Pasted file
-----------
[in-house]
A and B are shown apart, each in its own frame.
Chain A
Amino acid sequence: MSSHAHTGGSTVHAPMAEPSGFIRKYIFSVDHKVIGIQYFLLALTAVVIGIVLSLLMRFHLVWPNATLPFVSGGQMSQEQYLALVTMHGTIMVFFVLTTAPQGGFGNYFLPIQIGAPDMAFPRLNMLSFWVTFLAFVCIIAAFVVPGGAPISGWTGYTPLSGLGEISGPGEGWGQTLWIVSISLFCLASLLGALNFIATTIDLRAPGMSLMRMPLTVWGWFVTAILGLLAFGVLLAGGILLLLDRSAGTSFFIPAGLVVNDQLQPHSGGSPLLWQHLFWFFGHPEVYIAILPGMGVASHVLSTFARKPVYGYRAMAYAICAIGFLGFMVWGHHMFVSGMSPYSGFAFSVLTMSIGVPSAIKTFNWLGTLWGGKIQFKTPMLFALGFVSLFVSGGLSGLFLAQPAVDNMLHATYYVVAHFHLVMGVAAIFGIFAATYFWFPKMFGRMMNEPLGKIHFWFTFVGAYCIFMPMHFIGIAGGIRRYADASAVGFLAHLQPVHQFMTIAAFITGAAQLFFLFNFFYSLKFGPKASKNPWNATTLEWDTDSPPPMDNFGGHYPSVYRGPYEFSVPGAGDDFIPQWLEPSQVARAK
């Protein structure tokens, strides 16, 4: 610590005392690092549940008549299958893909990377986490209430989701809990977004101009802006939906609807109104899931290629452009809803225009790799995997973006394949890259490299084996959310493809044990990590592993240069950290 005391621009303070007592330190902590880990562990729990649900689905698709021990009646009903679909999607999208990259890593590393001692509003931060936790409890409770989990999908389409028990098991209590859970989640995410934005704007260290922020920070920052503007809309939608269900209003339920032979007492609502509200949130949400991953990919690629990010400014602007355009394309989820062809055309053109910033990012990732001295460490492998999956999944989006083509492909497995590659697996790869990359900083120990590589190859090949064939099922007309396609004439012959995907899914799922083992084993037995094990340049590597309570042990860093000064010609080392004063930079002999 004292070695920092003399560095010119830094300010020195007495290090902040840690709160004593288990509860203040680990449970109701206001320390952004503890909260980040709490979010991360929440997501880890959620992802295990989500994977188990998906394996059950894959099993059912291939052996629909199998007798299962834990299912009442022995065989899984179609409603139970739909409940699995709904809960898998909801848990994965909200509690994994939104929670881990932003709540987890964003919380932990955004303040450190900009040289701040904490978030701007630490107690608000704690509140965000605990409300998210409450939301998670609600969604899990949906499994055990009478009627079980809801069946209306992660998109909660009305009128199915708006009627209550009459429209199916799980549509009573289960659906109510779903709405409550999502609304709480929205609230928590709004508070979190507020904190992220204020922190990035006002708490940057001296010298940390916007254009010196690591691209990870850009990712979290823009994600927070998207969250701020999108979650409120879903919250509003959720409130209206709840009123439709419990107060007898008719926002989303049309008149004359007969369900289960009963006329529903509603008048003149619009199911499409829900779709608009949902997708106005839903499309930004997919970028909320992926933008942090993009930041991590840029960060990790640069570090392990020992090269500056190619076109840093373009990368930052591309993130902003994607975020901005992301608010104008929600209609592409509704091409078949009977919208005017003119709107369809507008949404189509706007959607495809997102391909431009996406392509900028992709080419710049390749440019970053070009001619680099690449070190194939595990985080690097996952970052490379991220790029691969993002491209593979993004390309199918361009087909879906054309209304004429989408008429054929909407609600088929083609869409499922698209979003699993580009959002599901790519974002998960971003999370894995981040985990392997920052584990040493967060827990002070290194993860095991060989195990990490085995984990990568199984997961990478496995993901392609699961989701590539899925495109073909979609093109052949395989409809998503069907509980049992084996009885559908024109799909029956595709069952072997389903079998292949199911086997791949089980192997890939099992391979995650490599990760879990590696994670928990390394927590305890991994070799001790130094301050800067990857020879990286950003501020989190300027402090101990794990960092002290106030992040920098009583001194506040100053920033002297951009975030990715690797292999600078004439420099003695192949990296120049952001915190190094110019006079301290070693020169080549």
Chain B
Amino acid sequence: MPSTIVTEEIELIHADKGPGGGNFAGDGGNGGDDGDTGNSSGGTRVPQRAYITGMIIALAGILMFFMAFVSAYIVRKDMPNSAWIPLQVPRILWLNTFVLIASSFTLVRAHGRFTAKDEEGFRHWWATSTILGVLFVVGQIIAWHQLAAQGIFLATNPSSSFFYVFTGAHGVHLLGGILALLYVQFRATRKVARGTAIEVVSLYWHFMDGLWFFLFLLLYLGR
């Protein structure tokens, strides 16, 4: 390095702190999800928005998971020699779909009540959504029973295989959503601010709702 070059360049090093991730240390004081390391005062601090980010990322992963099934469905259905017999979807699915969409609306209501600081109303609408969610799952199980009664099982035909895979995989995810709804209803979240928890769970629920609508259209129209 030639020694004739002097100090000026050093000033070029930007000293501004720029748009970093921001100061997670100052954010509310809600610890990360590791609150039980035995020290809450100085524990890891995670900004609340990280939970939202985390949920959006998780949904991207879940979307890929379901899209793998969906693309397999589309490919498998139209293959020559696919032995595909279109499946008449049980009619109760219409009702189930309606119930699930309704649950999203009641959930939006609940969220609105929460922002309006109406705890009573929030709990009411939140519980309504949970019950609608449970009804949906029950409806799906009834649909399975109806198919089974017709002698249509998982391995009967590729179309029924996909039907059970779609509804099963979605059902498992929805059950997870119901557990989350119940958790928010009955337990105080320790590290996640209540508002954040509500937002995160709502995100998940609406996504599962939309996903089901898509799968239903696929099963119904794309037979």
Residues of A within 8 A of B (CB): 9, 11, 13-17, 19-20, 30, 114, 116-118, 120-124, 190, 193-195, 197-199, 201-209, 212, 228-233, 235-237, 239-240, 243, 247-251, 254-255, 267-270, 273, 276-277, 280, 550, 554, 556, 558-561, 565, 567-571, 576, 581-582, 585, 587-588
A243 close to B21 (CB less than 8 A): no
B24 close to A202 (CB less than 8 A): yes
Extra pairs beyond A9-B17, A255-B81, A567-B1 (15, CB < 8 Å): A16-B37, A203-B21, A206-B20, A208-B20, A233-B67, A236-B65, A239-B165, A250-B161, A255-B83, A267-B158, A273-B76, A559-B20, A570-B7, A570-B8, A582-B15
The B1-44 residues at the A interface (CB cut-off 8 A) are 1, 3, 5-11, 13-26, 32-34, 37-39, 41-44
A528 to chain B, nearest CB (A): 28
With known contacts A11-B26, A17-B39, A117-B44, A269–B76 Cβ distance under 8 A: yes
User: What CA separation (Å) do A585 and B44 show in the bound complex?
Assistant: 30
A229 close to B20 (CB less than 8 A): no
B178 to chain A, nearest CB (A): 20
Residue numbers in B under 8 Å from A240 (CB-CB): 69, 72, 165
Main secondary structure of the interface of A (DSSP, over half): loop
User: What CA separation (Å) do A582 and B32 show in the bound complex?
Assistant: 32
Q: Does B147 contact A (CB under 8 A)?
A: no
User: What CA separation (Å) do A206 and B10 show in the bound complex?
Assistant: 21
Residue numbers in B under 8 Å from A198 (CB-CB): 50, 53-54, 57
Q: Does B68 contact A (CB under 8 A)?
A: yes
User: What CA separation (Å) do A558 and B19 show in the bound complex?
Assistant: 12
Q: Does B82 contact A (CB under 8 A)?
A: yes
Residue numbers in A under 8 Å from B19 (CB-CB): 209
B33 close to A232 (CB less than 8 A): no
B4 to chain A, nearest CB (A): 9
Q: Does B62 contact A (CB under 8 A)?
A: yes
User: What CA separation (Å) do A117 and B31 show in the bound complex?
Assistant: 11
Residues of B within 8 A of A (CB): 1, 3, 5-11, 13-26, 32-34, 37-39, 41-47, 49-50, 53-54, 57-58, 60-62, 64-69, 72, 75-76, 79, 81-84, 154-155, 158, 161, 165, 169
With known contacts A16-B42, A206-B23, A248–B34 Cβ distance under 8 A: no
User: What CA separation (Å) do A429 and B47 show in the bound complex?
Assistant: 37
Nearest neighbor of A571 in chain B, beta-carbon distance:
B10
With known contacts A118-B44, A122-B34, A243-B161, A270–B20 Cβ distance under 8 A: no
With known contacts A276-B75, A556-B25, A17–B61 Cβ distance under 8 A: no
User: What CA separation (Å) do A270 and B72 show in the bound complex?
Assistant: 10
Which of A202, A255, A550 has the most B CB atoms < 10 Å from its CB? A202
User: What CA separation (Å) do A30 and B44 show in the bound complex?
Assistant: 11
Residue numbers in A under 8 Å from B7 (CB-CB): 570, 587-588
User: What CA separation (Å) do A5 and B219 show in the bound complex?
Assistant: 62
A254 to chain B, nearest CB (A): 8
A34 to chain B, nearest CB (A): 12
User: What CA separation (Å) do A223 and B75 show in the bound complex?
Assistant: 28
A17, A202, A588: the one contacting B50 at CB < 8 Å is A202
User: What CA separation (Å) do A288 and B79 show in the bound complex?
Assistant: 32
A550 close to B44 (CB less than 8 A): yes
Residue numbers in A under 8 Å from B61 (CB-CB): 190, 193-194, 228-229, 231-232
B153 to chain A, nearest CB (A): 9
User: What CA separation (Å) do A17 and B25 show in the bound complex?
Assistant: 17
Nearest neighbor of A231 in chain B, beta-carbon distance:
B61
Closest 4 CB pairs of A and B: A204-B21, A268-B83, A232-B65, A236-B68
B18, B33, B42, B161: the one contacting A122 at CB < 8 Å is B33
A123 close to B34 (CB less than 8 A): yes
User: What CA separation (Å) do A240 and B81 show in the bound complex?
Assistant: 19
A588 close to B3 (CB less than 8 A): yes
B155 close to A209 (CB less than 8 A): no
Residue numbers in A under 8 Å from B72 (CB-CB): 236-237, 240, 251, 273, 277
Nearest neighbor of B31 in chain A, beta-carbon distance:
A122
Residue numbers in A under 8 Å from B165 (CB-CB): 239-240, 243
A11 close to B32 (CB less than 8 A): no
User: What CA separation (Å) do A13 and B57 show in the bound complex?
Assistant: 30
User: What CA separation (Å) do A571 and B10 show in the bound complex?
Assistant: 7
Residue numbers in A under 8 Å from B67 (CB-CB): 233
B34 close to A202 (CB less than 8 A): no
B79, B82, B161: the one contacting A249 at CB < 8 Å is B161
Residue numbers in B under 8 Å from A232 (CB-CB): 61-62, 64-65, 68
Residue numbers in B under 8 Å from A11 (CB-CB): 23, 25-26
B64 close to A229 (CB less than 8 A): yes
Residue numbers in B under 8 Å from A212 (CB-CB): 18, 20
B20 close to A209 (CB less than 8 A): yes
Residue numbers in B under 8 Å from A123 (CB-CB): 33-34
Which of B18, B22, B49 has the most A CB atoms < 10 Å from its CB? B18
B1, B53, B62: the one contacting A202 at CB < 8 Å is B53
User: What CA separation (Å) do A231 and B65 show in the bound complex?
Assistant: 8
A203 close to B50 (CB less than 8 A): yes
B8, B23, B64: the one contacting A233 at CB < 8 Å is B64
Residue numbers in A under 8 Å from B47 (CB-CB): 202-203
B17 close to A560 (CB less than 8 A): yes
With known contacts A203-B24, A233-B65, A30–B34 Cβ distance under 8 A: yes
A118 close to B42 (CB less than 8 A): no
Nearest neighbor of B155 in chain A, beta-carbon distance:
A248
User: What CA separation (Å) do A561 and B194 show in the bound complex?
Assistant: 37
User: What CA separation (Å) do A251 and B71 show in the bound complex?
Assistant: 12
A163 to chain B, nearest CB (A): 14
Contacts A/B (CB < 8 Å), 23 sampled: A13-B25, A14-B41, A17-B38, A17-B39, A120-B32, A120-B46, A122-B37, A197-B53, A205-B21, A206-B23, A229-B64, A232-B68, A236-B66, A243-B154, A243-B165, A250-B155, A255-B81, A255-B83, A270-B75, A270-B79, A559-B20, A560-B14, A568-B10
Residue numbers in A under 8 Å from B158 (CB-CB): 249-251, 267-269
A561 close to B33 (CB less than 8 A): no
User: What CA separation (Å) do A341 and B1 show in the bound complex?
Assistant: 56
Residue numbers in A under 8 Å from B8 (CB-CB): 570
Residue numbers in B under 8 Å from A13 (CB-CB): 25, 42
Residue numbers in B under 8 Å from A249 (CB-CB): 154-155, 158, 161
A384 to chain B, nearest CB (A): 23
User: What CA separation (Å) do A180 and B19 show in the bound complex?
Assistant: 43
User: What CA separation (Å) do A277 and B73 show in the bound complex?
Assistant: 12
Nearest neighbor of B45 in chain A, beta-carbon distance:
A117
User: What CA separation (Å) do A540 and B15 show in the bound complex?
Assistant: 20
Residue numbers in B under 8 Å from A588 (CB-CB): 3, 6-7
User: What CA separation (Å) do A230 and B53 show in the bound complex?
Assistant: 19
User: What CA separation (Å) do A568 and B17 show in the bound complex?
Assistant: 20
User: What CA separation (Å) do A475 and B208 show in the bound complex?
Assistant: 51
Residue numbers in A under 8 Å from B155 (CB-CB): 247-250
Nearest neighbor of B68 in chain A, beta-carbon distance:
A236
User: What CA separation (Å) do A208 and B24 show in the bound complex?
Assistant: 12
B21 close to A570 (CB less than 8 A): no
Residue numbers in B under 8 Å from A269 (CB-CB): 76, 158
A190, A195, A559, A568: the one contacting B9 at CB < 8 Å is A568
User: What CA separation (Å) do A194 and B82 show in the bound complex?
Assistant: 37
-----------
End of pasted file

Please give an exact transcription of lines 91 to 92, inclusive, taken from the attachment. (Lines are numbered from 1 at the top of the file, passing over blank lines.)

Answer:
Residue numbers in B under 8 Å from A232 (CB-CB): 61-62, 64-65, 68
Residue numbers in B under 8 Å from A11 (CB-CB): 23, 25-26